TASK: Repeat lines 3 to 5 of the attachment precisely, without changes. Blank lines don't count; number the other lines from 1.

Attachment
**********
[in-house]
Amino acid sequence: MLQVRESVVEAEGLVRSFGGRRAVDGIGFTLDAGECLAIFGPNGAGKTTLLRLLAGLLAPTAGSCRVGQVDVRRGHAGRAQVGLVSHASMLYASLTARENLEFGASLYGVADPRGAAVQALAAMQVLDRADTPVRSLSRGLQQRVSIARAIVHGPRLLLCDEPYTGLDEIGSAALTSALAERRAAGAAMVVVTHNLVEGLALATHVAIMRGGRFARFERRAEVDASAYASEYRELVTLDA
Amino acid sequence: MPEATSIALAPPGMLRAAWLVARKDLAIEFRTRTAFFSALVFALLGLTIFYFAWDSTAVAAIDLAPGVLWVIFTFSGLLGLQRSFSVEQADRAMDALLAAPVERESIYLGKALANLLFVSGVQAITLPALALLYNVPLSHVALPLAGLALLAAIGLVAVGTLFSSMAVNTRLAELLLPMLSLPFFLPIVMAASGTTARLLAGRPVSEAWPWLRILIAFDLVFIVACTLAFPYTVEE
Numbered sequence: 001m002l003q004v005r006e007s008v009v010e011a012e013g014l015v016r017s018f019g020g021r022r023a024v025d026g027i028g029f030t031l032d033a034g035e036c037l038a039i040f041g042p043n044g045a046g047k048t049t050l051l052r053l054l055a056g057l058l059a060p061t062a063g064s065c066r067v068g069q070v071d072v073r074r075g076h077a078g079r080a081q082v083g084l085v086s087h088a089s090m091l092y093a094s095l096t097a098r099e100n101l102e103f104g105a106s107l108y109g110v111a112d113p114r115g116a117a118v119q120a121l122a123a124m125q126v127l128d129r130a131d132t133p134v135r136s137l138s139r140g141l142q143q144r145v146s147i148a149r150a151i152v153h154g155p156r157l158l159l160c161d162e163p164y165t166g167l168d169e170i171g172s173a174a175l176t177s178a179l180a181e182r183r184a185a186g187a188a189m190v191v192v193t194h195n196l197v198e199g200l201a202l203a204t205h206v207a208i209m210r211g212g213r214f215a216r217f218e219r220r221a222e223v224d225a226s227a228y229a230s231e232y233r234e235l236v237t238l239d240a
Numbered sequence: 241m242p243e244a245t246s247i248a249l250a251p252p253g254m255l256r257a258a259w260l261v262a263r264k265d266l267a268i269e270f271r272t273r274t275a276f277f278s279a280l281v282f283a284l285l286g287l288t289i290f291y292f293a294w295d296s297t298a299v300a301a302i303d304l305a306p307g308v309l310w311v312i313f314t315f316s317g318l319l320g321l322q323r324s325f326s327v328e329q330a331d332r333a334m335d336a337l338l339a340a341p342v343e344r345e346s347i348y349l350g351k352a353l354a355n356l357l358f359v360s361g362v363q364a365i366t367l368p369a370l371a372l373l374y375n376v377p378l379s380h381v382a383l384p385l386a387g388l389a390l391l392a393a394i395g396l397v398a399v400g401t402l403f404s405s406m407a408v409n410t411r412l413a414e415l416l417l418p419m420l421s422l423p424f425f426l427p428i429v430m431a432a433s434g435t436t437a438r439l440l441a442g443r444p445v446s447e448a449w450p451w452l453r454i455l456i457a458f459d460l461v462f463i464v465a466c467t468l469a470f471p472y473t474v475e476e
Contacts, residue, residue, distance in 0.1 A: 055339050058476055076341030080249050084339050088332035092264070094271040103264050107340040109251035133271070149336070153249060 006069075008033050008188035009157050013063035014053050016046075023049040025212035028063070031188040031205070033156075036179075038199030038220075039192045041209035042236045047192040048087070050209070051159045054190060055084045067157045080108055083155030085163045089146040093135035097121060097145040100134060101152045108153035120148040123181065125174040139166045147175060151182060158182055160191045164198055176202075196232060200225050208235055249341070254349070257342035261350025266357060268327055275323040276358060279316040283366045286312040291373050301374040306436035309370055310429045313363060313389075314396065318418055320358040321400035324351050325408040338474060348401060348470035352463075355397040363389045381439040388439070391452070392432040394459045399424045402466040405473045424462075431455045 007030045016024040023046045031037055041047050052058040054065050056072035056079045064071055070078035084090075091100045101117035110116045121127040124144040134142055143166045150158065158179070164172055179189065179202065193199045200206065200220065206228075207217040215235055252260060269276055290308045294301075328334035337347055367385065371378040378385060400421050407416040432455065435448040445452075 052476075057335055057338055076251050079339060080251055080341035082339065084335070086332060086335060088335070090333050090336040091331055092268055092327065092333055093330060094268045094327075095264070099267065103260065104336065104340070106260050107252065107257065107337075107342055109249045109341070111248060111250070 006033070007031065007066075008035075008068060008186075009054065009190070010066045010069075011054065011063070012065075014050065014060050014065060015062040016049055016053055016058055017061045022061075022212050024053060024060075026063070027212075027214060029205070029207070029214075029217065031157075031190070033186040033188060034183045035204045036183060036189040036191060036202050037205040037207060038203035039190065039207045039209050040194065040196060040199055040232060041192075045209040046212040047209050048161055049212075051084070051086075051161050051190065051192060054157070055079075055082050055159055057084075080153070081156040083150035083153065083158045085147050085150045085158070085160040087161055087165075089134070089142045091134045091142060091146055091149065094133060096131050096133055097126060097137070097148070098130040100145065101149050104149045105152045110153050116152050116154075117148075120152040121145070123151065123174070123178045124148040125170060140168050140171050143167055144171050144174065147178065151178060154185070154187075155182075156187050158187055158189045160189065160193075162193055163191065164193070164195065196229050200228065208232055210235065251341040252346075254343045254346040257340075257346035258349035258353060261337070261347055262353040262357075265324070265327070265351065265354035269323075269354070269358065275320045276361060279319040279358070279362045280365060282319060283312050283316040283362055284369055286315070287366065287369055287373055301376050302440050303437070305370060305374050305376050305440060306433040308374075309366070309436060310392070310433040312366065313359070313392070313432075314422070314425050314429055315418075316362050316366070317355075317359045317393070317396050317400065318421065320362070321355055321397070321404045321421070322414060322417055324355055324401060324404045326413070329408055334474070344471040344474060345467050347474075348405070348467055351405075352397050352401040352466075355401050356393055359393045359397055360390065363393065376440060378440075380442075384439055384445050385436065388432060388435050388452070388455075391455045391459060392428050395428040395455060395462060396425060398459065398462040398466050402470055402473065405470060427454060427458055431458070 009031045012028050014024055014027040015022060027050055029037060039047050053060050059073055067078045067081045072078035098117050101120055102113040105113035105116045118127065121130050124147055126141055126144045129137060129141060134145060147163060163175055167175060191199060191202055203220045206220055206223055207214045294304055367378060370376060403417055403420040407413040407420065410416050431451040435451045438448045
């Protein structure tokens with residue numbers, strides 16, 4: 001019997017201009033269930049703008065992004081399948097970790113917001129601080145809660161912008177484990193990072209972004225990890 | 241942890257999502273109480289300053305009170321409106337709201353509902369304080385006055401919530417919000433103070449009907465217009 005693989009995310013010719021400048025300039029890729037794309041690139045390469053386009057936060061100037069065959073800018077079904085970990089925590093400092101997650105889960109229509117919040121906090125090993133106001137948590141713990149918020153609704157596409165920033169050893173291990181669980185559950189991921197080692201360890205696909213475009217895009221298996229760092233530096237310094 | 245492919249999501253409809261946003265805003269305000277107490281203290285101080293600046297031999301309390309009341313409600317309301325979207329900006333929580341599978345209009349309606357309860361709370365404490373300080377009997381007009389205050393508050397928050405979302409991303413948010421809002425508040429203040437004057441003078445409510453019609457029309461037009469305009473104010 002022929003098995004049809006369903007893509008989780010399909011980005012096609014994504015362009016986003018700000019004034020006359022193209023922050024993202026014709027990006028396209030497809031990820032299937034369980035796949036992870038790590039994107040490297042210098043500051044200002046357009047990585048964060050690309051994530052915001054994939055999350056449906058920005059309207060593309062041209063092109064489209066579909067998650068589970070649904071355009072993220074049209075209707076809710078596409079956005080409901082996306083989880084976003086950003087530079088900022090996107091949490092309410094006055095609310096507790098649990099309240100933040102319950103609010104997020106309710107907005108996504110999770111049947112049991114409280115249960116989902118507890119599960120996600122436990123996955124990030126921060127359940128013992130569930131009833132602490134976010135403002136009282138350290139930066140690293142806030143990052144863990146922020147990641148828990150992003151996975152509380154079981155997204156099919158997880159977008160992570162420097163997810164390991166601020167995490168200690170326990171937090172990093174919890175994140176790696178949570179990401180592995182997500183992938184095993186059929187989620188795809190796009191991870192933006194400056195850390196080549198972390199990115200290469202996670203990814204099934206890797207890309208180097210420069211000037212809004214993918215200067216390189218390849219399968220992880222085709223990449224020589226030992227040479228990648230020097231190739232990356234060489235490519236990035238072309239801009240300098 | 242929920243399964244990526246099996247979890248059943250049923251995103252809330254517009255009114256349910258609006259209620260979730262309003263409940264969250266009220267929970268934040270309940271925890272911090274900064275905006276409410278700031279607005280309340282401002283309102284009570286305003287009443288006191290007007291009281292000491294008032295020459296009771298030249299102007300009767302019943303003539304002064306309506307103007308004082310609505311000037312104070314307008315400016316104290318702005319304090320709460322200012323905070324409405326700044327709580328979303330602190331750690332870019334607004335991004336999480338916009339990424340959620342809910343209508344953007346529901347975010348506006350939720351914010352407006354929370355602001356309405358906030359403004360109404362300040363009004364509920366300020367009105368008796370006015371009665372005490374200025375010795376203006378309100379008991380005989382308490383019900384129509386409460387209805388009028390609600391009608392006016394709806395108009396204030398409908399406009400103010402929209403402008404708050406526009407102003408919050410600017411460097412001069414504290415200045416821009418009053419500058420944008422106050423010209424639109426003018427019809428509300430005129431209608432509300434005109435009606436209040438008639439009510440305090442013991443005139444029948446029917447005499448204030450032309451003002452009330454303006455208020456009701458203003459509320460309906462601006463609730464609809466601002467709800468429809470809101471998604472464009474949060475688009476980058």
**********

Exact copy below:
Amino acid sequence: MPEATSIALAPPGMLRAAWLVARKDLAIEFRTRTAFFSALVFALLGLTIFYFAWDSTAVAAIDLAPGVLWVIFTFSGLLGLQRSFSVEQADRAMDALLAAPVERESIYLGKALANLLFVSGVQAITLPALALLYNVPLSHVALPLAGLALLAAIGLVAVGTLFSSMAVNTRLAELLLPMLSLPFFLPIVMAASGTTARLLAGRPVSEAWPWLRILIAFDLVFIVACTLAFPYTVEE
Numbered sequence: 001m002l003q004v005r006e007s008v009v010e011a012e013g014l015v016r017s018f019g020g021r022r023a024v025d026g027i028g029f030t031l032d033a034g035e036c037l038a039i040f041g042p043n044g045a046g047k048t049t050l051l052r053l054l055a056g057l058l059a060p061t062a063g064s065c066r067v068g069q070v071d072v073r074r075g076h077a078g079r080a081q082v083g084l085v086s087h088a089s090m091l092y093a094s095l096t097a098r099e100n101l102e103f104g105a106s107l108y109g110v111a112d113p114r115g116a117a118v119q120a121l122a123a124m125q126v127l128d129r130a131d132t133p134v135r136s137l138s139r140g141l142q143q144r145v146s147i148a149r150a151i152v153h154g155p156r157l158l159l160c161d162e163p164y165t166g167l168d169e170i171g172s173a174a175l176t177s178a179l180a181e182r183r184a185a186g187a188a189m190v191v192v193t194h195n196l197v198e199g200l201a202l203a204t205h206v207a208i209m210r211g212g213r214f215a216r217f218e219r220r221a222e223v224d225a226s227a228y229a230s231e232y233r234e235l236v237t238l239d240a
Numbered sequence: 241m242p243e244a245t246s247i248a249l250a251p252p253g254m255l256r257a258a259w260l261v262a263r264k265d266l267a268i269e270f271r272t273r274t275a276f277f278s279a280l281v282f283a284l285l286g287l288t289i290f291y292f293a294w295d296s297t298a299v300a301a302i303d304l305a306p307g308v309l310w311v312i313f314t315f316s317g318l319l320g321l322q323r324s325f326s327v328e329q330a331d332r333a334m335d336a337l338l339a340a341p342v343e344r345e346s347i348y349l350g351k352a353l354a355n356l357l358f359v360s361g362v363q364a365i366t367l368p369a370l371a372l373l374y375n376v377p378l379s380h381v382a383l384p385l386a387g388l389a390l391l392a393a394i395g396l397v398a399v400g401t402l403f404s405s406m407a408v409n410t411r412l413a414e415l416l417l418p419m420l421s422l423p424f425f426l427p428i429v430m431a432a433s434g435t436t437a438r439l440l441a442g443r444p445v446s447e448a449w450p451w452l453r454i455l456i457a458f459d460l461v462f463i464v465a466c467t468l469a470f471p472y473t474v475e476e